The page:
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Auto Repair Questions - What's Your Problem?

Your idea of putting a TPI on a 283 is something we kicked around at a Car Craft bench racing session a while ago. The concept was to build a small-displacement small-block with a TPI manifold to pump up the torque for a daily driver engine controlled by a budget aftermarket EFI unit like the MegaSquirt or the private label version called the eMS-pro from Spectre Performance. The EFI would maintain the air-fuel ratio at 14.7:1 running down the road to get good gas mileage. Vortec iron cylinder heads would be a great choice, but the cost would go up because you'd need a Scoggin-Dickey Vortec TPI manifold (PN 12498060, $399.95 at Other alternatives for heads had to be those with 64cc chambers to keep the compression up. The least expensive new iron heads would probably be the World Products S/R Torquer iron heads with 2.02/1.60-inch valves (PN 042660-1, $799.98/pair, Last month we tested a pair of the new Patriot Freedom Series 64cc aluminum heads that sell complete for $795 a pair from Patriot (, so you might want to check that test as well. We compared them to a set of Vortec iron heads as the baseline and they came in just shy of the Vortec heads in terms of overall power; nevertheless they are decent aluminum heads for under $800 that would accept a TPI manifold.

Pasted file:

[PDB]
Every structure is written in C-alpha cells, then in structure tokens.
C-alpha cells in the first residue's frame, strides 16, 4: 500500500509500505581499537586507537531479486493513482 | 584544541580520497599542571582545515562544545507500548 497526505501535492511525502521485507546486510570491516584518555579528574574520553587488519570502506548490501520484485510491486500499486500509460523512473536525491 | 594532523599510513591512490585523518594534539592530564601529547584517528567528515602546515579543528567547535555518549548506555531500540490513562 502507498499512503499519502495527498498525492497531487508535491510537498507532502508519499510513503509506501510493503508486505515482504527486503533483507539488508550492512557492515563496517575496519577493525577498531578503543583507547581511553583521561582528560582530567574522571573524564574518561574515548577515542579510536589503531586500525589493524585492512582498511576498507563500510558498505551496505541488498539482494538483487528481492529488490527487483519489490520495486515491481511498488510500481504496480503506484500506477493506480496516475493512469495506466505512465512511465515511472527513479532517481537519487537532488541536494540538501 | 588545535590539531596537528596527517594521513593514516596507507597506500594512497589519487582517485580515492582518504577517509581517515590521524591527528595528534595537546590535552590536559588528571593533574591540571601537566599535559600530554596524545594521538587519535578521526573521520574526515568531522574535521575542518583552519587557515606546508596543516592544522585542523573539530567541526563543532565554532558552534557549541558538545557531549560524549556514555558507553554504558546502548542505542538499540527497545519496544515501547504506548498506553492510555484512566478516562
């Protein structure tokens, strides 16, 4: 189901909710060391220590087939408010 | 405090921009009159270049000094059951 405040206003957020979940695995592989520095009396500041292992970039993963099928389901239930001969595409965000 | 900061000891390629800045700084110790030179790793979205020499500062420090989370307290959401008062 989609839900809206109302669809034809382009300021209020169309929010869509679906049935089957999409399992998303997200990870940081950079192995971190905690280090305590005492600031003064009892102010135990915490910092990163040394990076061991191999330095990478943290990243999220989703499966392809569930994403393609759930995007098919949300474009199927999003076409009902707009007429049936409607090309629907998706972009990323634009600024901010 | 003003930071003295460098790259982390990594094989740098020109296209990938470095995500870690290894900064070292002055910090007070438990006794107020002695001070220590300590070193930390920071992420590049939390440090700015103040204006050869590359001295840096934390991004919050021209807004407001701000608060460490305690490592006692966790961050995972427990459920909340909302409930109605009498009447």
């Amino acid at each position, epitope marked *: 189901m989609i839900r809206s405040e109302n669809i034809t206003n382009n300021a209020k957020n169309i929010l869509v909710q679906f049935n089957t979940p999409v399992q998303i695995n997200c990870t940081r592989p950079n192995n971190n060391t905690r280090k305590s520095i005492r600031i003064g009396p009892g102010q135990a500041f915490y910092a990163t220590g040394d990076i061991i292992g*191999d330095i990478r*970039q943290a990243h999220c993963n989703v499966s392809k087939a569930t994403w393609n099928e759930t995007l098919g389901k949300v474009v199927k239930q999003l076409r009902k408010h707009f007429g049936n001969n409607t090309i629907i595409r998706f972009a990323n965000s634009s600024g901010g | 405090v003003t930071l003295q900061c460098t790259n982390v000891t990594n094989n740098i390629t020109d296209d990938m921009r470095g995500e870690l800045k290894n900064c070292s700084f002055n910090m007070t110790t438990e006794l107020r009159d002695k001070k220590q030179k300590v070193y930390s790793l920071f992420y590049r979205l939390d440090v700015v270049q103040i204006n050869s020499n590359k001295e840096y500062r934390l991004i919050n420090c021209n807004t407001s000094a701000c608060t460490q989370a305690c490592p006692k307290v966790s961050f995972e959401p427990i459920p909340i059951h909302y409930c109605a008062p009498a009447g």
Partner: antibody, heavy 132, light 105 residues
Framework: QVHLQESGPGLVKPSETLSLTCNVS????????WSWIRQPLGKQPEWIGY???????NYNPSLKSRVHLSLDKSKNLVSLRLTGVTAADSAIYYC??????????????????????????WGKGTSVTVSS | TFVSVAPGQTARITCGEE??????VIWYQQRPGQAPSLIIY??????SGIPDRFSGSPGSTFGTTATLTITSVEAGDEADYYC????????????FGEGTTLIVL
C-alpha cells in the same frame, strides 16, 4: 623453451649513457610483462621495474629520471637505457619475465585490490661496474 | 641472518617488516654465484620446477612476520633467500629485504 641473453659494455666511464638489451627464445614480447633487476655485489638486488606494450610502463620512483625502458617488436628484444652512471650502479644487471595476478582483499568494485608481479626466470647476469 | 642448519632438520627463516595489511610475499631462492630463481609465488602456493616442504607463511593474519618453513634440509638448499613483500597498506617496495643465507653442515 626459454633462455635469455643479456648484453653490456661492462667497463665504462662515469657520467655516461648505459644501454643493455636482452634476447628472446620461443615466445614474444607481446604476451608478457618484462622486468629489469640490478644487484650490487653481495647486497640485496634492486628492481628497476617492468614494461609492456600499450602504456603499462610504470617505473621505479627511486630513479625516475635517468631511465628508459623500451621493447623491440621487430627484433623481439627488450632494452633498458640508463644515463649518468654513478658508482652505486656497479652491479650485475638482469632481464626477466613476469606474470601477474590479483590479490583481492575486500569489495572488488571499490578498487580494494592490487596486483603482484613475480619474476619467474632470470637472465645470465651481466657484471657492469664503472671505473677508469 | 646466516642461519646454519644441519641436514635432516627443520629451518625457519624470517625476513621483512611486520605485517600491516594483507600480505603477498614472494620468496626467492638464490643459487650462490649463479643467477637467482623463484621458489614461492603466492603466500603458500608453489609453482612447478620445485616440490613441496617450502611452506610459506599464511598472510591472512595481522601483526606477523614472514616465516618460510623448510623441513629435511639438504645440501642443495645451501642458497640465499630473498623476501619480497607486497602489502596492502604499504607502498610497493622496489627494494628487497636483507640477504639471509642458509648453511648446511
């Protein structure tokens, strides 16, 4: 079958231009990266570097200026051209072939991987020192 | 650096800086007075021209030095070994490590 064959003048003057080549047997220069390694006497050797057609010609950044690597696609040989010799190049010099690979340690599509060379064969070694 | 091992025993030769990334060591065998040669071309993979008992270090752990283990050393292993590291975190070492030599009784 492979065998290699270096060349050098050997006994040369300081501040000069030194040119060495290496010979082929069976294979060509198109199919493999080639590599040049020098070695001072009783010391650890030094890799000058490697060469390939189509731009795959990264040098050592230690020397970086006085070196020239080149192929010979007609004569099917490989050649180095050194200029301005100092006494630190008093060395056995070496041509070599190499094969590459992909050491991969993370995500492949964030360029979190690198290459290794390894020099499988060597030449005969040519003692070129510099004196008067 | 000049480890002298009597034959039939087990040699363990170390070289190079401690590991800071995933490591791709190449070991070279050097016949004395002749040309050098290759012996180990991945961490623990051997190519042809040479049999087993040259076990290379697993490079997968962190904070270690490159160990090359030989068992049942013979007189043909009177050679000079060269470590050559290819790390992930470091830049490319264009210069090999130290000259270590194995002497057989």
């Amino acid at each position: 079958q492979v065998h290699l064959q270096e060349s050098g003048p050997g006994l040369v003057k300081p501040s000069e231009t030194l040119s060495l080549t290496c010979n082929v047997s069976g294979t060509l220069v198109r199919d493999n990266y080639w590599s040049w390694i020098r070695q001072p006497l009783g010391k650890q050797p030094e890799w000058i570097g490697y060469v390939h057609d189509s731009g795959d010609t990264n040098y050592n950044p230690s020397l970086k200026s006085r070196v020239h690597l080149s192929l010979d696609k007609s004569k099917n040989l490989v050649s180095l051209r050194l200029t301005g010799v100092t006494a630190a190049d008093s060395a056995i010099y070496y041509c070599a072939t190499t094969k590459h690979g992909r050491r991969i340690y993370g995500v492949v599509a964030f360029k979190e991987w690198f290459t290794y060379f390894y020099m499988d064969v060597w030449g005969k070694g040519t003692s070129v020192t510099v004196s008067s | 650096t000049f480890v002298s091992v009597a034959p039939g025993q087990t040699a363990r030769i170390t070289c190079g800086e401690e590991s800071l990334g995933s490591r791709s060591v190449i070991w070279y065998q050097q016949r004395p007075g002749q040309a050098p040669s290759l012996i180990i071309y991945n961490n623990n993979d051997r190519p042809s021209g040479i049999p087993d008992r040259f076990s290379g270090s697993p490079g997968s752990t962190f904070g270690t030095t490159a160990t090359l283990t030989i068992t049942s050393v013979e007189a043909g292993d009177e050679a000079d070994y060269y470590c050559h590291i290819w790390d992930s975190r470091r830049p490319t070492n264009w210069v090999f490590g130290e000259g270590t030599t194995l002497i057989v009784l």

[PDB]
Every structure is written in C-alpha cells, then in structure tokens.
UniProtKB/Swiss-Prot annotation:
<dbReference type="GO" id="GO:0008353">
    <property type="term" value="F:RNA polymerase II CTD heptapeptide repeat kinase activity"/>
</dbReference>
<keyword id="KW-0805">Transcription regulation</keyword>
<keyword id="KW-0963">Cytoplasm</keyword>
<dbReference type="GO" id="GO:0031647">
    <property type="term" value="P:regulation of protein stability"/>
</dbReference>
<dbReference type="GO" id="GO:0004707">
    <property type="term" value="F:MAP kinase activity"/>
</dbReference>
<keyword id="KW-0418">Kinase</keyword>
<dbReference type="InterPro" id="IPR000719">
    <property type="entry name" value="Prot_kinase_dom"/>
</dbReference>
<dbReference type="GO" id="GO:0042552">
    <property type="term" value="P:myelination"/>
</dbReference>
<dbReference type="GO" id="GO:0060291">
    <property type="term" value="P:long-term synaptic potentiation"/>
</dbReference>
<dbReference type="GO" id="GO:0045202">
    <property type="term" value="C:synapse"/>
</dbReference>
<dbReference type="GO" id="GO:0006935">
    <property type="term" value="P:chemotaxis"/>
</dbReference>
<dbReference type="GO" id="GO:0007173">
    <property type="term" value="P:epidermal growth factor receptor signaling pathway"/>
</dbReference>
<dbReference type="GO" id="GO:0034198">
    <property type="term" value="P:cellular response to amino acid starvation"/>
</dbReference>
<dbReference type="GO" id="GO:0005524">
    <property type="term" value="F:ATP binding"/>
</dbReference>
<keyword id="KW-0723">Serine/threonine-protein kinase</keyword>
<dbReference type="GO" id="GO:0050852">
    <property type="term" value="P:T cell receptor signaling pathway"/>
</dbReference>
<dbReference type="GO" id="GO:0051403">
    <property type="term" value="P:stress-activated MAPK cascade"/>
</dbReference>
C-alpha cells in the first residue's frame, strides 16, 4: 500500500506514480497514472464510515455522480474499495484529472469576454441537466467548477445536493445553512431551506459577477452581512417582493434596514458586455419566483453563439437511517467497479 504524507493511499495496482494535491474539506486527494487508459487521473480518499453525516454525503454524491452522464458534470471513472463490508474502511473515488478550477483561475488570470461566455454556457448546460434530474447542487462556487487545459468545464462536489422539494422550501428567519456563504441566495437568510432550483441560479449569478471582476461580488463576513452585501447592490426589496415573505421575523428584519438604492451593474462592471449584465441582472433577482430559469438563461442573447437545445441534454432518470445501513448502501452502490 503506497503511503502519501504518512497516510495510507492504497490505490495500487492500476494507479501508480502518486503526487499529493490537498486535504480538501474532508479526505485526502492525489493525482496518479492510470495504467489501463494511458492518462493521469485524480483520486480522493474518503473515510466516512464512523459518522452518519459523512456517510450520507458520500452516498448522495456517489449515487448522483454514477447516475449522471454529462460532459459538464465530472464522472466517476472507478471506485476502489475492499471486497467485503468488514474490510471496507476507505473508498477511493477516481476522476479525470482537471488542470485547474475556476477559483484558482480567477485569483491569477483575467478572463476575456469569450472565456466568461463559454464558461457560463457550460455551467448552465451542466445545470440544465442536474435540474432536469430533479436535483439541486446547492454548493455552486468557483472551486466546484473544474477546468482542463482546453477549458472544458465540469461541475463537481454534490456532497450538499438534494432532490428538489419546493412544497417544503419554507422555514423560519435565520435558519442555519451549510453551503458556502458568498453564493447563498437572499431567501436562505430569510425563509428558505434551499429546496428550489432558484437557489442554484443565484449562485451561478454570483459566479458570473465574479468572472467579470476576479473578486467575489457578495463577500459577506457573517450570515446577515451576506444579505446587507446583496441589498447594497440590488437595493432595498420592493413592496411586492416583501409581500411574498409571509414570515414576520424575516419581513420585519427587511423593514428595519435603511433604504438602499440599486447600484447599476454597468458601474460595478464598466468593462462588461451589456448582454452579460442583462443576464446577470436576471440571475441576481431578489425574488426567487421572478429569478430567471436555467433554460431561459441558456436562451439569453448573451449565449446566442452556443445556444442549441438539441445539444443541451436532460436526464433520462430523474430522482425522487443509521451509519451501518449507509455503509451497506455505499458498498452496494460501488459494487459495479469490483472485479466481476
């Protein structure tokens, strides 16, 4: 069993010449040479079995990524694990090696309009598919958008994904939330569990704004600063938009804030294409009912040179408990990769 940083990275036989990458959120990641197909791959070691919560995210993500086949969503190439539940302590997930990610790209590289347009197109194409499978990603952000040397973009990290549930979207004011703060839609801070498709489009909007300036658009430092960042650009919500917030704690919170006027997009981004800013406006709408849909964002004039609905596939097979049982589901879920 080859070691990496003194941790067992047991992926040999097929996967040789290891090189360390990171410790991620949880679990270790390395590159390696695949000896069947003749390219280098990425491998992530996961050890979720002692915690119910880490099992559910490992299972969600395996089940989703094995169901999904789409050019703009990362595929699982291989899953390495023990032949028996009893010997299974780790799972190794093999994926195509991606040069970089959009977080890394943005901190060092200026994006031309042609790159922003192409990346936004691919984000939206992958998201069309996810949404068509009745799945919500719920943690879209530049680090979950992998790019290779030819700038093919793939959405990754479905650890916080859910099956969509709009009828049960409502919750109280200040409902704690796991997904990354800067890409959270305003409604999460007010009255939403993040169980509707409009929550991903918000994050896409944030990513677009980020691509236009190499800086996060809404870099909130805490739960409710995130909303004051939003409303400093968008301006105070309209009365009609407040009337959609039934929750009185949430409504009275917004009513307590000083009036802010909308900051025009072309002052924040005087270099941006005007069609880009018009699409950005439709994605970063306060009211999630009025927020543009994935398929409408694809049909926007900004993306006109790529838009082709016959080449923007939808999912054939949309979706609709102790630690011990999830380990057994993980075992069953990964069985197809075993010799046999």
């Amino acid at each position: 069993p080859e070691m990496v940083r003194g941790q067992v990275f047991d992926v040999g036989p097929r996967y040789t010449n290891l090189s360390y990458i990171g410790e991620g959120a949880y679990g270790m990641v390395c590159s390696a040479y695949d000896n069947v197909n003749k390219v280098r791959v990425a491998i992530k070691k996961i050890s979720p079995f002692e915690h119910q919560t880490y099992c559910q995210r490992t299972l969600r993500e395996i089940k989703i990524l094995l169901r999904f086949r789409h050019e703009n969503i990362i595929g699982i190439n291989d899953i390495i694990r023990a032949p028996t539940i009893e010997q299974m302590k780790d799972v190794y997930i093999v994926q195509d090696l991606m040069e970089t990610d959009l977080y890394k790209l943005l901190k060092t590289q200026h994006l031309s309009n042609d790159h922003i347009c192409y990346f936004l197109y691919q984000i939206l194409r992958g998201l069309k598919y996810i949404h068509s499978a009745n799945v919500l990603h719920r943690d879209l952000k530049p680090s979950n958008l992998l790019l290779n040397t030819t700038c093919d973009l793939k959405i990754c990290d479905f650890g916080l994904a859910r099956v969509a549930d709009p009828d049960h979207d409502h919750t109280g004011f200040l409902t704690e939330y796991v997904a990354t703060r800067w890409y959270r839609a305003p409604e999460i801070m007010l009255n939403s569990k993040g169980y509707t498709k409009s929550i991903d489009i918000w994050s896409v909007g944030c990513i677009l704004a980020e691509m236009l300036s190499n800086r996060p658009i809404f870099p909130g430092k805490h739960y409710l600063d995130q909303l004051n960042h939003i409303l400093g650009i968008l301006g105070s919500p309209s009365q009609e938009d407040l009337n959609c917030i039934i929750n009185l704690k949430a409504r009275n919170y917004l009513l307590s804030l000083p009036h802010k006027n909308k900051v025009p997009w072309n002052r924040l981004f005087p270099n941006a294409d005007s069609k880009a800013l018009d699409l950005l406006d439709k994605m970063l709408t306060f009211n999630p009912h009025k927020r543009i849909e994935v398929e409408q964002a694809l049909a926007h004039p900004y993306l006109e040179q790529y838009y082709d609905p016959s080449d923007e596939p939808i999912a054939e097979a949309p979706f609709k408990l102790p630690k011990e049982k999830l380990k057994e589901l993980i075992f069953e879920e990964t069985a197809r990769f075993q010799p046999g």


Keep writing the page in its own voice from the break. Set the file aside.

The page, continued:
One problem is that even with a 64cc chamber, 4.00-inch bore, 3.00-inch stroke, 0.040-inch head composition gasket, and 0.005-inch piston deck height, this will only generate 8.79:1 compression. This assumes boring the little 283 out with a 0.125-inch to a 302ci engine. Most 283- blocks will handle this additional 0.125-inch bore increase and still have decent wall thickness. To make more compression, you would have to go to a slightly domed piston.